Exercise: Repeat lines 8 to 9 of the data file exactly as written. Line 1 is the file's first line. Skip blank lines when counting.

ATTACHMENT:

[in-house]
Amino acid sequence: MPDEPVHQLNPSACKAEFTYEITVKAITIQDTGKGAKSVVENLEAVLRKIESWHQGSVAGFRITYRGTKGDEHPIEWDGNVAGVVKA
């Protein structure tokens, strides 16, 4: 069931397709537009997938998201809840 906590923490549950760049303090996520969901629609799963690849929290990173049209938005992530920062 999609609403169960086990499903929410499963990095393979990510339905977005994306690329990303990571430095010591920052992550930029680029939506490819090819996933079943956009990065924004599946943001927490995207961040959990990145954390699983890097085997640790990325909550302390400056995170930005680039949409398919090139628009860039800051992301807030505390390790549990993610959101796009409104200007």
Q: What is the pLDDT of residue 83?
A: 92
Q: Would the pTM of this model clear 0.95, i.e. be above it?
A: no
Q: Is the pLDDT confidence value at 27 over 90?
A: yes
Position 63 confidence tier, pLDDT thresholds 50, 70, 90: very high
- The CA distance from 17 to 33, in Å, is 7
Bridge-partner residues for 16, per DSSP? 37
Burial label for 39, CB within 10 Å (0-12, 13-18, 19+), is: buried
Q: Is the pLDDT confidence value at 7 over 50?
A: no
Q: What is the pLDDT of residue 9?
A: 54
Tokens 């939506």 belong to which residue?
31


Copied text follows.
Q: Is the pLDDT confidence value at 27 over 90?
A: yes